By Harry McCracken | Friday, August 6, 2010 at 12:30 pm
With mobile phones, sexy hardware is all very well–but the main purpose of sexy hardware is to run useful (or fun) software. And the vast majority of the software that today’s phones run is written not by phone operating system companies but by third-party developers.
So one of the very biggest questions about Microsoft’s upcoming Windows Phone 7 isn’t whether it looks slick and functional (it does) or if it’ll be a cakewalk for the company to reenter the mobile OS wars at this late date (it won’t). It’s whether enough software companies will build cool Windows Phone software quickly enough to make the platform feel like it’s part of the App Era.
As I’ve met with mobile software companies over the past few months, I’ve had a hard time getting a sense of Windows Phone 7’s prospects. Almost all the ones I’ve asked have said that they’re taking a wait-and-see attitude. But Microsoft has been holding an event at its Silicon Valley campus for some of the mobile developers who belong to its BizSpark program for startups. The companies at the meeting are convening in an auditorium to crank away at Windows phone 7 apps. Microsoft employees are providing both technical and business advice.
I visited with some of the developers yesterday–including name-brand companies and some I wasn’t familiar with–and came away feeling cautiously optimistic.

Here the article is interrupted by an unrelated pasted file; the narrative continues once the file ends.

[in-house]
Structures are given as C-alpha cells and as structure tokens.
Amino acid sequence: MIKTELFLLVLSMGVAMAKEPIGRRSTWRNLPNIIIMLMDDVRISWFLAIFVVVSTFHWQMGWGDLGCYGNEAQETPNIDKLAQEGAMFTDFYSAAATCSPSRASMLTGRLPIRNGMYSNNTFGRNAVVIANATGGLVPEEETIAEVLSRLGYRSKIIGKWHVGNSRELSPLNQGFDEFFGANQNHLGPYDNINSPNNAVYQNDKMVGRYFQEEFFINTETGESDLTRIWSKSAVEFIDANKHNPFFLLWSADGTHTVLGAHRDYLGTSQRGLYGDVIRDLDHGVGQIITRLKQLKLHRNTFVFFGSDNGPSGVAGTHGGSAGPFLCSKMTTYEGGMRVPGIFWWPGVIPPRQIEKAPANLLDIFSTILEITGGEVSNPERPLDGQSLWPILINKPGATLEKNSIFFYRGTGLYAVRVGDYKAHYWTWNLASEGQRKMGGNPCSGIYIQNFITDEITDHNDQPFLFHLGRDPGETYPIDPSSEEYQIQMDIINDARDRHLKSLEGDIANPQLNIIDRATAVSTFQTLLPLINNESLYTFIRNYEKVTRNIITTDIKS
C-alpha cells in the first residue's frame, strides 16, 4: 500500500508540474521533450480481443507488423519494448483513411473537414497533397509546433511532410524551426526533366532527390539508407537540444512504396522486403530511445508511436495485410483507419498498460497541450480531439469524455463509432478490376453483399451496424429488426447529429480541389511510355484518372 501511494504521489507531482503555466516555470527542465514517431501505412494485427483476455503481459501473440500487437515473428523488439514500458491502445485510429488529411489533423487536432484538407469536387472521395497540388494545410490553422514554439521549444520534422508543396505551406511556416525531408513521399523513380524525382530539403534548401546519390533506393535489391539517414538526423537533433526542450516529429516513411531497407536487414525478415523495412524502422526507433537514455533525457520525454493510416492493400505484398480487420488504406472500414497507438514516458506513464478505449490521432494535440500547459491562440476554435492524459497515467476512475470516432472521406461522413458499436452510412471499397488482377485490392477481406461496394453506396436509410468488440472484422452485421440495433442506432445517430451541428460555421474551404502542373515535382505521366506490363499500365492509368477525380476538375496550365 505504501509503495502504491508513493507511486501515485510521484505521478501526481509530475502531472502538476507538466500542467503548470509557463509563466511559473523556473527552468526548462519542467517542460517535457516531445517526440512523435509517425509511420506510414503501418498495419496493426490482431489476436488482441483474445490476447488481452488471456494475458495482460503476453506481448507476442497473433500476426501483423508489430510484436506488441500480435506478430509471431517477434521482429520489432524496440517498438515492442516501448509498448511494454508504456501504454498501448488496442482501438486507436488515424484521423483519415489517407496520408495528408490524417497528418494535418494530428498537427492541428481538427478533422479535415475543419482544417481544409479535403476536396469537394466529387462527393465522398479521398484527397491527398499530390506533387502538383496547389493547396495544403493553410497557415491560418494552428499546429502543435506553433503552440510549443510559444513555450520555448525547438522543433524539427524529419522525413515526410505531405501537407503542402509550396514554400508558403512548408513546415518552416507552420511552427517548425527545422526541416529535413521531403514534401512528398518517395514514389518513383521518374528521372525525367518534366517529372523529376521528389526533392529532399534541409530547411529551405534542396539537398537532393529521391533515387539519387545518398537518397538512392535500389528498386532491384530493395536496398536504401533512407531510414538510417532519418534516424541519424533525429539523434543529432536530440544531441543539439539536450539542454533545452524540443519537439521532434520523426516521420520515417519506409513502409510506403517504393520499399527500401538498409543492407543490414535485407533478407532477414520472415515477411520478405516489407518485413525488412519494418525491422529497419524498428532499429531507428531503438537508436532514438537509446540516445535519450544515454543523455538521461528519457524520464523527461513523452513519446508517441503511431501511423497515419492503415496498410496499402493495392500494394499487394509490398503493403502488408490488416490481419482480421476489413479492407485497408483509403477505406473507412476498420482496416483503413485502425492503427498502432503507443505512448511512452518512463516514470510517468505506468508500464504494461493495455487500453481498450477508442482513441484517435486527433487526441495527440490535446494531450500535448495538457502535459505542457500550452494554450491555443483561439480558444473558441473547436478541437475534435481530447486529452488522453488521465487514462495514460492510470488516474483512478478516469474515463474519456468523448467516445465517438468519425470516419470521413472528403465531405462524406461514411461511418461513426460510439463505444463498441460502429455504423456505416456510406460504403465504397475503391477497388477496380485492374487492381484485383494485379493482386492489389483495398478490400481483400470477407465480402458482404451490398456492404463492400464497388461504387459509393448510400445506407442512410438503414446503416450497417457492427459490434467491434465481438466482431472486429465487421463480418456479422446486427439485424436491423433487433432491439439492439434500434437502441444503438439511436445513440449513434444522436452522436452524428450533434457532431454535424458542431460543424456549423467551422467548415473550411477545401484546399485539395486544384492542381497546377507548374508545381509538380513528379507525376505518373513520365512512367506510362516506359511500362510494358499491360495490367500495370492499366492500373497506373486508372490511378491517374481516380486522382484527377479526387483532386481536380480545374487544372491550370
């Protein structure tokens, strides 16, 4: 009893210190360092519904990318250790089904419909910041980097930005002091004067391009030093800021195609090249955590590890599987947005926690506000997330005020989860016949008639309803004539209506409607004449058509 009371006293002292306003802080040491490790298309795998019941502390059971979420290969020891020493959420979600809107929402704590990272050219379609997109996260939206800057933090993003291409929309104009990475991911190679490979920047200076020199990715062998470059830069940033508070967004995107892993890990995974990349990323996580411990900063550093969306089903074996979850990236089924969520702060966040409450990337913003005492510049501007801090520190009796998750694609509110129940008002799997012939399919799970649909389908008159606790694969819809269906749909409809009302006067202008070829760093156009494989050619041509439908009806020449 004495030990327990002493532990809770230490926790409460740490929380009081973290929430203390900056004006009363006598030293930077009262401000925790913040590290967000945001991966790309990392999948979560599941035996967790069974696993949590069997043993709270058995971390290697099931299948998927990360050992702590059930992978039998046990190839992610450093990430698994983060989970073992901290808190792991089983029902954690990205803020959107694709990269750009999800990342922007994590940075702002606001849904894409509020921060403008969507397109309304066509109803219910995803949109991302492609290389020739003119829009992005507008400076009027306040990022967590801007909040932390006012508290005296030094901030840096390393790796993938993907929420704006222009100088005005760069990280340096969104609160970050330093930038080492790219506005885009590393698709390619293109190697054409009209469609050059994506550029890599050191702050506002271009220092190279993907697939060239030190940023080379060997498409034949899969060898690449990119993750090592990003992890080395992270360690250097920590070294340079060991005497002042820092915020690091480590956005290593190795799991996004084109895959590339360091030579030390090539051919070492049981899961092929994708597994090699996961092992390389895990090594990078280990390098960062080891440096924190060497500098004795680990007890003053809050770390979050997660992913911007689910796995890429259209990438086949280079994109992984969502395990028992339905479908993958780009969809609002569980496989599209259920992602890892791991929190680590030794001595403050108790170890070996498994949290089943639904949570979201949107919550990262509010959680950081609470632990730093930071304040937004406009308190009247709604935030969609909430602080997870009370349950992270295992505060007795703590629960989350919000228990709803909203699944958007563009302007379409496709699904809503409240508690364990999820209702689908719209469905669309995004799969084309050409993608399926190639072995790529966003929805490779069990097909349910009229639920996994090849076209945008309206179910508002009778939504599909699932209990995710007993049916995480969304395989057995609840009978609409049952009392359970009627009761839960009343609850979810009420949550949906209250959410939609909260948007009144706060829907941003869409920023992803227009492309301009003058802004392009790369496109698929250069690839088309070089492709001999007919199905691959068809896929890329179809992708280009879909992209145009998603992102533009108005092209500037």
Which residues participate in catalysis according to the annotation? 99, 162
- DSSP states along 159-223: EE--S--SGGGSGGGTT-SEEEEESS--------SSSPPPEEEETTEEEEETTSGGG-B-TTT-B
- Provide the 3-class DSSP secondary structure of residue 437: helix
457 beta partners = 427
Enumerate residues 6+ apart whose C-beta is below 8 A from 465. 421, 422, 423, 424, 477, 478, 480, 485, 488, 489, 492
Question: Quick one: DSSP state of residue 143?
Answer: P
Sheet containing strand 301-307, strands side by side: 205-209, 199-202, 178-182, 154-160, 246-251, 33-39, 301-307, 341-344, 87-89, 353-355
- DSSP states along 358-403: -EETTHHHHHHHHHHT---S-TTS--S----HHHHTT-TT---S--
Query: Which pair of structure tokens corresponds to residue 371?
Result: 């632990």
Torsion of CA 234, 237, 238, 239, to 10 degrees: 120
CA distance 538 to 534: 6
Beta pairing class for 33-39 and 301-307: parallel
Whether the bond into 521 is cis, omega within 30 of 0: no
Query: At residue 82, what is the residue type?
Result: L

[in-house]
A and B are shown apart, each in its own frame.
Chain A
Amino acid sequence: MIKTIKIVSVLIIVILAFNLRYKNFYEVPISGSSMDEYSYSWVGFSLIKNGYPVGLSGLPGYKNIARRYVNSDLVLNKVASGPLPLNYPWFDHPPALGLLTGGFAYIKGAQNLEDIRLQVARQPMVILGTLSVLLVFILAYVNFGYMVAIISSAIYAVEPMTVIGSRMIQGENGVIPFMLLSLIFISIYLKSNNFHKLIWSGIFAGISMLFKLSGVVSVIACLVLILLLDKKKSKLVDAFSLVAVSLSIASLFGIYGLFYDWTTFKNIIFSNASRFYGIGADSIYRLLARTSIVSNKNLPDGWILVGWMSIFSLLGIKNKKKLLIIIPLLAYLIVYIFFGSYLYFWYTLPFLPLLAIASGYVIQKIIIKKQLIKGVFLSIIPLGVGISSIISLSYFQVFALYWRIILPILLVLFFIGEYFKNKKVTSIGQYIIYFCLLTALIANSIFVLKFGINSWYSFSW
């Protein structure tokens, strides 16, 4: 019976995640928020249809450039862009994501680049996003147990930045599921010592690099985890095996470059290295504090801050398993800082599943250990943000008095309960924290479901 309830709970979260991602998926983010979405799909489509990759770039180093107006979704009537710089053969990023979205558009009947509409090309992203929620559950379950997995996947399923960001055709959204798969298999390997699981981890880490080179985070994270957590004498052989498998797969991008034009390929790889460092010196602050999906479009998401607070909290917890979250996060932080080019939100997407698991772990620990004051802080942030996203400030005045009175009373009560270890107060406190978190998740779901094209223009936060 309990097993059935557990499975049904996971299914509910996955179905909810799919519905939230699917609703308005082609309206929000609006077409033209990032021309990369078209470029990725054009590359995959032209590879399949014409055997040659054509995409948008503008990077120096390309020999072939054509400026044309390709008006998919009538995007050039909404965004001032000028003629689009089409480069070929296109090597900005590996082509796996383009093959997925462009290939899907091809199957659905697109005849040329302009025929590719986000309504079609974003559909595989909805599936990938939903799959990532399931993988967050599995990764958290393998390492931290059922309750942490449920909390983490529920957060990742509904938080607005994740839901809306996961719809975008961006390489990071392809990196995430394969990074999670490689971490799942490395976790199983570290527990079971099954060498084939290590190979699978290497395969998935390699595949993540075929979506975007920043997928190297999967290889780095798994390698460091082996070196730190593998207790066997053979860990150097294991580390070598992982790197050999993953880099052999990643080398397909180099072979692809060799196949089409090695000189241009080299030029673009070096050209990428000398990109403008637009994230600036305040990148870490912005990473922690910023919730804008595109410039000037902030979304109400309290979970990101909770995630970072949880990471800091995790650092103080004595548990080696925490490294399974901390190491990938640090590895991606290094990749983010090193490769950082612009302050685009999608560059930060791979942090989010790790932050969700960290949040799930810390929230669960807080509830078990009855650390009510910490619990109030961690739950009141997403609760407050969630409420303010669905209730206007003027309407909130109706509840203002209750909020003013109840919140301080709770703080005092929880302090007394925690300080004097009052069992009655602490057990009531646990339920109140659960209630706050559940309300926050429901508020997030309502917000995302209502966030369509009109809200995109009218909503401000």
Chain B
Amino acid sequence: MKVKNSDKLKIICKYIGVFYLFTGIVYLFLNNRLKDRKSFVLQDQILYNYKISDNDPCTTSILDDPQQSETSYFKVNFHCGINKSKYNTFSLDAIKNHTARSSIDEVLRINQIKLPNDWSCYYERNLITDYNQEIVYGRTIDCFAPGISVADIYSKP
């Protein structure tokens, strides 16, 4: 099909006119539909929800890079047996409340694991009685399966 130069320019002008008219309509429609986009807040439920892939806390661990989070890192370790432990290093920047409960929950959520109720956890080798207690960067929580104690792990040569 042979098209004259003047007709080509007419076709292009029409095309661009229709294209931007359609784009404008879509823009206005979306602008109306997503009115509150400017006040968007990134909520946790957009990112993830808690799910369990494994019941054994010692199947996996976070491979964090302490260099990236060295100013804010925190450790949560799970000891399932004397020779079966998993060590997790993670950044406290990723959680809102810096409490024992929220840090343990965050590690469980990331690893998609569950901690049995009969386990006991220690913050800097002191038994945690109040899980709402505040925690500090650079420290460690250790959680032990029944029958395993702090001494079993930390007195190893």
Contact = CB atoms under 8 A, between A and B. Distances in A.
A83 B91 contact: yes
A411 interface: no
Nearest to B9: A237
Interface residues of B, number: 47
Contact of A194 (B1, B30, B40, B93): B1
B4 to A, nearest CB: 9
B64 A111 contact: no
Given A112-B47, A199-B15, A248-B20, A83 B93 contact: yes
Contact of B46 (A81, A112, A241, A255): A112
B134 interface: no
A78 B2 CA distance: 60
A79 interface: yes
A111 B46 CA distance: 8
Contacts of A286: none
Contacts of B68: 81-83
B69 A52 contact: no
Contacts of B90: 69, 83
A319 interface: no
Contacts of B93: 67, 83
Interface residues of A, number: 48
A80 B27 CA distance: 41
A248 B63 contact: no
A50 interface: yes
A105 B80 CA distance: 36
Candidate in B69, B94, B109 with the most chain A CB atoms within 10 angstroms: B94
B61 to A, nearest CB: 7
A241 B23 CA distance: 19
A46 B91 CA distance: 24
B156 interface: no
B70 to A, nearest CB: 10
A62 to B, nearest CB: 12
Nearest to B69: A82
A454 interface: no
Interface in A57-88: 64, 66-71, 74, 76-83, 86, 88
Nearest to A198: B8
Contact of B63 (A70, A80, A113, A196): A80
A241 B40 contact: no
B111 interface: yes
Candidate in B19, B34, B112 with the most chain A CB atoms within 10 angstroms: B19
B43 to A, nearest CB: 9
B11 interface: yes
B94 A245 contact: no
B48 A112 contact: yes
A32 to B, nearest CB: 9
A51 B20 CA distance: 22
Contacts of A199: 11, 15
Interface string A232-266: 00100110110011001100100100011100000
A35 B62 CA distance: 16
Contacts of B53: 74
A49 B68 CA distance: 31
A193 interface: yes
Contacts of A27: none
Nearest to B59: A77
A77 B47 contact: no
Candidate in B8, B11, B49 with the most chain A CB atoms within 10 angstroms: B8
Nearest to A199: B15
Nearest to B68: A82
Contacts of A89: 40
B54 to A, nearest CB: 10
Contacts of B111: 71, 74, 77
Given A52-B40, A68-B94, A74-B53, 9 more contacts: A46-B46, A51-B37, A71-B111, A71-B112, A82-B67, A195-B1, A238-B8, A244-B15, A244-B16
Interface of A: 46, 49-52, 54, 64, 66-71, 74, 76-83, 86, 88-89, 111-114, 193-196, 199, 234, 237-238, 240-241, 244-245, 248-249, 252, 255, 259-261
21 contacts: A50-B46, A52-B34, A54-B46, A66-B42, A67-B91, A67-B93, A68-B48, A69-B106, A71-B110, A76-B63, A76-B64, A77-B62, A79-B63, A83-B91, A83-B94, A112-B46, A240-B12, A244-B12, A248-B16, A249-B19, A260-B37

I saw rough drafts of Windows Phone 7 versions of several apps:
The interesting thing about the applications I saw was that all the companies involved seemed to be working hard to build real Windows Phone 7 apps. Their WinPhone interfaces weren’t rehashes of versions for other platforms: They take advantage of distinctive WinPhone features like Live Tiles (which are hybrids of desktop icons and widgets) and Panorama view (which lets you drill into information by swiping through screens). If every Windows Phone 7 developer takes this approach, the ecosystem will feel more like the coherent universe of iPhone apps than like Android, where there’s hardly any consistency from one app to another.
I also chatted with some folks from social gaming company Digital Chocolate but didn’t see what they were working on. And social networking Loopt, digital comics company Graphic.ly, consumer electronics research service Retrevo, and other companies I didn’t speak with were at Microsoft’s event.
The fact that a bunch of developers are enthusiastic about Windows Phone 7 doesn’t guarantee anything, of course. The third-party apps the platform needs most are top-notch ones for services such as Facebook, Foursquare, Twitter, and Kindle–and there’s no official news about any of these yet. And while quality is more important than quantity, Windows Phone will also need a critical mass of apps in major categories. (This we already know: Every review of the first Windows Phone 7 handsets will note that iPhone and Android have vastly larger quantities of third-party programs than Windows Phone does.)
Ultimately, most developers are going to gravitate towards mobile OSes that offer the potential to reach lots of consumers and the possibility of making money. Even once Windows Phone 7 is out there, it’ll be a while before anyone can read its vital signs. (Hey, I was optimistic about the Palm Pre’s chances at first.) But Microsoft has a long history of being really good at making its platforms attractive propositions for third-party companies. It’s even funding the development of Windows Phone apps. If the WinPhone programs that are available on day one live up to the promise of the ones I saw, I think there’s a good chance that people will be pleasantly surprised by the third-party software situation.